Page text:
AADD saves lives, careers, in the KMC

  • Published
  • By Airman 1st Class Joshua Magbanua
  • 86th Airlift Wing Public Affairs
Airmen and their families at Ramstein Air Base, Germany brag about the many perks of being stationed here: the opportunities to travel, the vibrant culture, the world-famous castles, and of course—the alcohol.

In Germany, the drinking age is 16—at least for beer and wine. The beer, served in towering glass with the foamy head spilling over, is rumored to be cheaper than water in some locations.

Thus, the struggle against the temptation of drinking on a night you’re supposed to be driving is real. Even designated drivers may not be a fool-proof plan for a weekend of partying.

This is why volunteers with Airmen Against Drunk Driving stand ready to take military members home in case the designated driver leaves the party early or is otherwise unable to drive.

Airmen Against Drunk Driving is a program available on many Air Force installations, including Ramstein. The program not only serves Airmen, but all members of the U.S. military.

“Sometimes your plans don’t always make it through the night,” said Tech. Sgt. Joseph Tidwell, 603rd Air Communications Squadron quality assurance evaluator and AADD president at Ramstein. “Some people (the designated driver) may end up leaving, or they may have had a drink and are not prepared to drive. AADD is a program designed to take care of those individuals.”

Tidwell clarified that AADD is not meant to be a primary plan for those who have been drinking, but as a safety net for those whose plans fall through.

He stressed the importance of AADD, saying those who use the program’s services save themselves from the dire consequences of drinking and driving.

“We’re trying to eliminate DUIs, DWIs--those types of incidences,” Tidwell said. “Obviously the program is not perfect and we can’t eliminate all of them, but the goal is zero.”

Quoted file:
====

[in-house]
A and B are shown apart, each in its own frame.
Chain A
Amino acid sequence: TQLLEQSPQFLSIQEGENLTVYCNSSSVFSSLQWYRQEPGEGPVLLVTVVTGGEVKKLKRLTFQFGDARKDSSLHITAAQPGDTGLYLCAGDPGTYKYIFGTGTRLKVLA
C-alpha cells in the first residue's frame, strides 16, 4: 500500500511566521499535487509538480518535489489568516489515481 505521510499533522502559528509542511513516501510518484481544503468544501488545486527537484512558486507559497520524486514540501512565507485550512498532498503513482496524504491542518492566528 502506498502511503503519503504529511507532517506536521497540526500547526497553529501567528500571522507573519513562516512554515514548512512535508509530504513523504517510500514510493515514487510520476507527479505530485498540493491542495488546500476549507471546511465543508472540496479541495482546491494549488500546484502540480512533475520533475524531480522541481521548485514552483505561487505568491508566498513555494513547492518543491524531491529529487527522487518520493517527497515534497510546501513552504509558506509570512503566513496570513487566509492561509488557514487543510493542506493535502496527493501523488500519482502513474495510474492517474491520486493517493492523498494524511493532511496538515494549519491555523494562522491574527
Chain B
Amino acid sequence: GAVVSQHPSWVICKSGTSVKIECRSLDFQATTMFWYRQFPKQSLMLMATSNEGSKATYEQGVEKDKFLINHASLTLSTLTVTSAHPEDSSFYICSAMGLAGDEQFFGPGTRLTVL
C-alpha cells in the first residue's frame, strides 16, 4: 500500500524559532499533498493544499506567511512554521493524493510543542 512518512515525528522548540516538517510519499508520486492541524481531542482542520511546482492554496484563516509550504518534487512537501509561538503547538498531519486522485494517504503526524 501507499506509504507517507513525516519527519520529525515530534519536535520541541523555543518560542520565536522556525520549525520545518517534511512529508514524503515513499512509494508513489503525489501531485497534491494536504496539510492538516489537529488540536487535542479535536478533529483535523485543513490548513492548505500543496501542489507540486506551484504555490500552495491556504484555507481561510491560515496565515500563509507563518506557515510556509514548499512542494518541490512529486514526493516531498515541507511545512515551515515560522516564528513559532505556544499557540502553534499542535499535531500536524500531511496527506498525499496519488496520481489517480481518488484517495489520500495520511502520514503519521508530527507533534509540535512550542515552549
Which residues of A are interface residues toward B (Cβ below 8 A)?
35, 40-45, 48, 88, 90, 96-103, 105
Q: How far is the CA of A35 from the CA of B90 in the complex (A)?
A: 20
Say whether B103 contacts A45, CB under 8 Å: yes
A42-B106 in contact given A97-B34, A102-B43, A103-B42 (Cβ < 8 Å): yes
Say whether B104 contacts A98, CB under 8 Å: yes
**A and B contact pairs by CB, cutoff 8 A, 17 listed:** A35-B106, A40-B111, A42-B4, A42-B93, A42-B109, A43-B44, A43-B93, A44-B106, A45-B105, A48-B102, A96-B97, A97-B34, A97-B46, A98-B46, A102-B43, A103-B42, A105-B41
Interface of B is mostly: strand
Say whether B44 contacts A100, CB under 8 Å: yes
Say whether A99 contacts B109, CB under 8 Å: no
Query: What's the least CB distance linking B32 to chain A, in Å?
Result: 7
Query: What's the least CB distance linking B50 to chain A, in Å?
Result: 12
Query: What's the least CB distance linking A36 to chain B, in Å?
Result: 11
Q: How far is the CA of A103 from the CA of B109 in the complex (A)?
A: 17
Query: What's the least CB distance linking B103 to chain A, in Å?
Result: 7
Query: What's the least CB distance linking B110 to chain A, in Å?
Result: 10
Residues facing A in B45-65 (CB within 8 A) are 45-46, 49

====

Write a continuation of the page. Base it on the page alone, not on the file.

The effects of a DUI to an Airman’s career are devastating.

Consequences can include, but are not limited to, reduction in rank, forfeiture of pay and allowances, dishonorable discharge and imprisonment.

Tech. Sgt. William Komula, 603rd Air Operations Center NCO in charge of maintenance operations and AADD treasurer, added that people who drink and drive not only put themselves at risk, but others as well.

“Lots of people forget it’s all the others around who are affected as well–innocent people who might be walking down the street and get hit by a drunk driver.” Komula explained. “So we want to do our best to help mitigate that; to help provide alternative options to make smart choices, look out for each other, and practice our core values.”

Komula recalled an experience he had at his first duty station, when he and his friends went out to enjoy the weekend and suddenly found themselves in a predicament. A miscommunication had occurred: the person who was supposed to be the designated thought that another person was going to drive, and so ended up drinking as well.

Thankfully Komula’s unit had a similar program to AADD, and someone was able to bring them home.

“None of us made any bad choices that night; I thought, ‘oh, this is awesome,’” Komula said. “Had we been knuckleheads and made the wrong choice—we all know what happens if we go down that road.”

This event was one of the experiences Komula pointed to as his inspiration for joining AADD, and is one of the many success stories which drive the program’s volunteers to move forward with their mission: to save lives and careers.